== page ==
Sriharikota, Nov 14: Going full throttle on its operational capabilities, the Indian Space Research Organisation (ISRO) is taking concrete steps towards scaling up its operations.
It prepares to launch 22 missions in 2019, while setting a target of 50 successful missions within the next three years.
Following the missions, ISRO chief Sivan said, in January next, ISRO would launch the Chandrayaan-II mission (lunar lander) which will be the first operational mission of the GSLV-Mk III-vehicle.
India's solar mission Aditya-L1 will also be launched in 2019 besides demonstrating the commercially viable baby rocket, Small Satellite Launch Vehicle (SSLV), in May-June 2019.
The solar mission's main aim is to improve our understanding of "dynamical processes of the sun," and to help resolve some notable questions pertaining to solar physics.
The bigger launches include GSAT-20 in August, and the GSAT-20 in August, and the GSAT-30, which will replace the INSAT-4A and IRNSS-1J.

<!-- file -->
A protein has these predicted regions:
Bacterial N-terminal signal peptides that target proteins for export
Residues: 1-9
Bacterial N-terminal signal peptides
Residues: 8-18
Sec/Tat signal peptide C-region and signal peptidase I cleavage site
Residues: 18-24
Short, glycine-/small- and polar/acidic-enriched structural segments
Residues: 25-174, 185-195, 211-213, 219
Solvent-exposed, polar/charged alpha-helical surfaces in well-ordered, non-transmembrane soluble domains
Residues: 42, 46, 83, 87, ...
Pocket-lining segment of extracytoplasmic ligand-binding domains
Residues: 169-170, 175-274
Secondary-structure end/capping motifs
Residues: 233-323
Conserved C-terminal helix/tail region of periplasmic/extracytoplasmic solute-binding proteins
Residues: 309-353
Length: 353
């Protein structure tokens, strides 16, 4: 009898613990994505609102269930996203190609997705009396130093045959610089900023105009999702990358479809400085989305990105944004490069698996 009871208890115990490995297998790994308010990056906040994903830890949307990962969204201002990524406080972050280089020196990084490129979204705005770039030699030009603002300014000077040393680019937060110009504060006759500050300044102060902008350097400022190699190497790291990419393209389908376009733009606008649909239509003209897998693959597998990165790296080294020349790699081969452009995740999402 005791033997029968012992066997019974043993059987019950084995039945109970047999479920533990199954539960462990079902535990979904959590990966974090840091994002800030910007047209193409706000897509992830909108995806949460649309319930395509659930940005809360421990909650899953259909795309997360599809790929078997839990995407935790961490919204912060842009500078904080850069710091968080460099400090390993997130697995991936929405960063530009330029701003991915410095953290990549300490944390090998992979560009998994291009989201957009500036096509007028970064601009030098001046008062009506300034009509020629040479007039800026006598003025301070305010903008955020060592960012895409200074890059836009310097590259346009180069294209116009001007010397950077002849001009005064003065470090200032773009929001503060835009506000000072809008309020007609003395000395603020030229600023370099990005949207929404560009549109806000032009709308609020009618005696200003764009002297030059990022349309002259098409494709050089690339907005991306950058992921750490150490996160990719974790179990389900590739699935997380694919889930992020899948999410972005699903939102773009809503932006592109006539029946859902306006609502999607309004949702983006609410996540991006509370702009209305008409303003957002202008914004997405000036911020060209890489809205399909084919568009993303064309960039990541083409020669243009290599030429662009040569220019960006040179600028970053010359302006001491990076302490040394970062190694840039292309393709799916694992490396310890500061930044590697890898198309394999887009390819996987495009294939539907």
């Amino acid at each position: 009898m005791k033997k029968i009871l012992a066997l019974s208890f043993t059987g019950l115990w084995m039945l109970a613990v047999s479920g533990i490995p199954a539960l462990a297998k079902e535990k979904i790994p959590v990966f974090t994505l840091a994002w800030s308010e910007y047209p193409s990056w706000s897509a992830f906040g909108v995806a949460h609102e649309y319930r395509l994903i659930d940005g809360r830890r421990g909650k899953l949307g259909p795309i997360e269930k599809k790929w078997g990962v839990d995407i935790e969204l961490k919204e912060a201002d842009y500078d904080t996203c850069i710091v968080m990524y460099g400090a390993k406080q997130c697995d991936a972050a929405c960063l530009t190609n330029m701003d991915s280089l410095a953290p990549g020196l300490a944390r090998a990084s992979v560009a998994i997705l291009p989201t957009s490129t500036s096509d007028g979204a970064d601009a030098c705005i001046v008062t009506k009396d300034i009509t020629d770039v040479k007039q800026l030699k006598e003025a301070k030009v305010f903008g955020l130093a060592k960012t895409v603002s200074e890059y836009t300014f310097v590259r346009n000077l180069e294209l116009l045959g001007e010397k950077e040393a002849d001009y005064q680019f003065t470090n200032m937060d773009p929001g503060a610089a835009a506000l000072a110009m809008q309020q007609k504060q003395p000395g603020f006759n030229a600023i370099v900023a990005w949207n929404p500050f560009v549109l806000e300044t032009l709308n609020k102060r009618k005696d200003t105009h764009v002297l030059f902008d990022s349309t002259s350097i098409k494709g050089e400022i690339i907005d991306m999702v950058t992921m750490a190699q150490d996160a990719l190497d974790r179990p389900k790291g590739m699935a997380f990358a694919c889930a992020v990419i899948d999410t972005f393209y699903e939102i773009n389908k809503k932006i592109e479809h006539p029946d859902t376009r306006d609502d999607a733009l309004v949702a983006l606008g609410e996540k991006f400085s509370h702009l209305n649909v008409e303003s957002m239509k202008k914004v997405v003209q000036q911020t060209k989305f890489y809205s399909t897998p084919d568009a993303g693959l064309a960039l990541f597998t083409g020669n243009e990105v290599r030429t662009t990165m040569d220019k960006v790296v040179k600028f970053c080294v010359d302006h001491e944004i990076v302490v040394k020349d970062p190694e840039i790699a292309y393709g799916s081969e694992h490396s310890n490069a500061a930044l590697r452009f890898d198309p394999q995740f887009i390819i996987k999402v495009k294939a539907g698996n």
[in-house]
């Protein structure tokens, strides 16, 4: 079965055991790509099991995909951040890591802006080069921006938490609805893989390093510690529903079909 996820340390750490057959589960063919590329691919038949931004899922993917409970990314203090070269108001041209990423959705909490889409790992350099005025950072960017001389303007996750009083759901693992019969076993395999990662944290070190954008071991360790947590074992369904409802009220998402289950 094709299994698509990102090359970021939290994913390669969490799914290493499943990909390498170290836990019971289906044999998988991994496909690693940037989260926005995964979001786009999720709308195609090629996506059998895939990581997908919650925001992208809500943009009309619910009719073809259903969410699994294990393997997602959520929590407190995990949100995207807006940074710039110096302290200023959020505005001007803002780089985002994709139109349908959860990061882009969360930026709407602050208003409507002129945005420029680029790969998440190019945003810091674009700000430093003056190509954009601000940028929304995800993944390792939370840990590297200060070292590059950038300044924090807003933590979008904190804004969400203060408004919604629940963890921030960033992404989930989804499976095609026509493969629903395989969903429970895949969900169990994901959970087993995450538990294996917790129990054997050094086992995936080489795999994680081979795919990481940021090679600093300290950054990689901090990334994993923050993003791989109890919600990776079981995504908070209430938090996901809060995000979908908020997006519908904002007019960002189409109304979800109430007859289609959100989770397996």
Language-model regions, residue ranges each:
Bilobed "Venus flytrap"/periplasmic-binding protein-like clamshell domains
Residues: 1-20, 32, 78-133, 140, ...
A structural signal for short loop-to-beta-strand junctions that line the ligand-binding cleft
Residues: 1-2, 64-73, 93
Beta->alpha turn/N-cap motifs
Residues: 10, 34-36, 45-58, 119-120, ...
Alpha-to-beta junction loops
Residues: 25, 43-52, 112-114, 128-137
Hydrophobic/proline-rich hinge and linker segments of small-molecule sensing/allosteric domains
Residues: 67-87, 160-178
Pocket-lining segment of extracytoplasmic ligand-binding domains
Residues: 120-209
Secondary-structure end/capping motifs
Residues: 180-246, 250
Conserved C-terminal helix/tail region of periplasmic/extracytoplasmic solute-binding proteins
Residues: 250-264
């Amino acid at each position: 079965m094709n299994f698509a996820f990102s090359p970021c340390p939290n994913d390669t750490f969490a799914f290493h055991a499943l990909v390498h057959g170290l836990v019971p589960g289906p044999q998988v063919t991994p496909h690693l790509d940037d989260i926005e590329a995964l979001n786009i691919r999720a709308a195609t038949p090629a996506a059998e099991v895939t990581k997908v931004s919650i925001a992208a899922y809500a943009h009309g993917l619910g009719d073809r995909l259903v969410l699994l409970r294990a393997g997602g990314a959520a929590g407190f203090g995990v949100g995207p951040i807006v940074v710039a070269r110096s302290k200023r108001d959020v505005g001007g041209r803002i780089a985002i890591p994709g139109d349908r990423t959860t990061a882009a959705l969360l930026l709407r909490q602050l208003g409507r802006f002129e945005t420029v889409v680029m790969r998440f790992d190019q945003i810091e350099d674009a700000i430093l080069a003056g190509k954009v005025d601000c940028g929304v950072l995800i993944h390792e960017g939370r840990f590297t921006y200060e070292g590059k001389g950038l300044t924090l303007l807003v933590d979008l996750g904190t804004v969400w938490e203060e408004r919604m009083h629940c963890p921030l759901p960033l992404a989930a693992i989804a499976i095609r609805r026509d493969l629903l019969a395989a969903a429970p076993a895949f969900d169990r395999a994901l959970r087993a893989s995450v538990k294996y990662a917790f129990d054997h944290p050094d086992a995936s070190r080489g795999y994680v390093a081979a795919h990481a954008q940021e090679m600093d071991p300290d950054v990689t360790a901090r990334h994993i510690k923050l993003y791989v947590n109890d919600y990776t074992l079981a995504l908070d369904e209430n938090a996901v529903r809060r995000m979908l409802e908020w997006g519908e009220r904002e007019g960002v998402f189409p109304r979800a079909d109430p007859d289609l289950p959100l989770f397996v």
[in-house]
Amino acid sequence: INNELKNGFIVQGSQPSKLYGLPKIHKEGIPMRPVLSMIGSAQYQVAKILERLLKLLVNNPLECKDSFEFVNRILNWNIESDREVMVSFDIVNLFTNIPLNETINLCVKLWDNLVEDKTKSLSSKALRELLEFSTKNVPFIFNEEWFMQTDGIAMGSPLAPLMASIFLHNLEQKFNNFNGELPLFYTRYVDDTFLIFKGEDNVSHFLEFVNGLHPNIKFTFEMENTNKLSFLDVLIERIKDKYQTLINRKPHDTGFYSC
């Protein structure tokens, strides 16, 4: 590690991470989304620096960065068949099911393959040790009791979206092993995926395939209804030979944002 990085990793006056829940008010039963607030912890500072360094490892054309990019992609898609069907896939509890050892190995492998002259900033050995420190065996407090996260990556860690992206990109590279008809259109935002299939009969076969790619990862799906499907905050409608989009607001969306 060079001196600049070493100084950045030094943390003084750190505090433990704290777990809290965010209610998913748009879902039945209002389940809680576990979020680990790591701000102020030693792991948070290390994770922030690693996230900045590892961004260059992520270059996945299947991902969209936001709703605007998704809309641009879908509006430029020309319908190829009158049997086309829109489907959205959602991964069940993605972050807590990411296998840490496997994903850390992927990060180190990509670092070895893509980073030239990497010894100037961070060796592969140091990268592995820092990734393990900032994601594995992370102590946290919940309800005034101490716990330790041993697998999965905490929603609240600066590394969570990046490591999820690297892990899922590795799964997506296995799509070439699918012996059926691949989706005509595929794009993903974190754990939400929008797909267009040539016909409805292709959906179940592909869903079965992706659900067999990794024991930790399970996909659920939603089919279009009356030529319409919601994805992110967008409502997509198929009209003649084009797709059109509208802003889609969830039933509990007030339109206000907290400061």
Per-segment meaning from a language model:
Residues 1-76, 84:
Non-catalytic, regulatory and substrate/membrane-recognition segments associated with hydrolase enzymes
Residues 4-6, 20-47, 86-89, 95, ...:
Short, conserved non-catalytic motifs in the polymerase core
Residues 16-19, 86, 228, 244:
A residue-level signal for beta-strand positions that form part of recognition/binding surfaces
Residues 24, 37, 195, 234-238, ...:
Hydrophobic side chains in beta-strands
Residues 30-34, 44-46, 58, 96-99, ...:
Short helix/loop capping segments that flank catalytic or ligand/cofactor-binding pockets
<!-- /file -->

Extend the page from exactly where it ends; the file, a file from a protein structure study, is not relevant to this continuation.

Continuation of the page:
Aside of this, the agency also plans to have two demonstration flights of the SSLV in May and October after which it can go into production phase.
ISRO launches before 2019
Addressing reporters after the successful launch of the second developmental flight GSLV-MkIII-D2 carrying communication satellite GSAT-29, he said, "we have to achieve 10 missions before January."
"That is six satellite missions as well as four launch vehicle missions. Definitely, the task in front of us is very huge," he said.
According to him, after Wednesday's flight, the heaviest launcher of India has completed its development flights and is entering into the operational group of launchers of ISRO, that is along with the PSLV (polar satellite launch vehicle) and GSLV.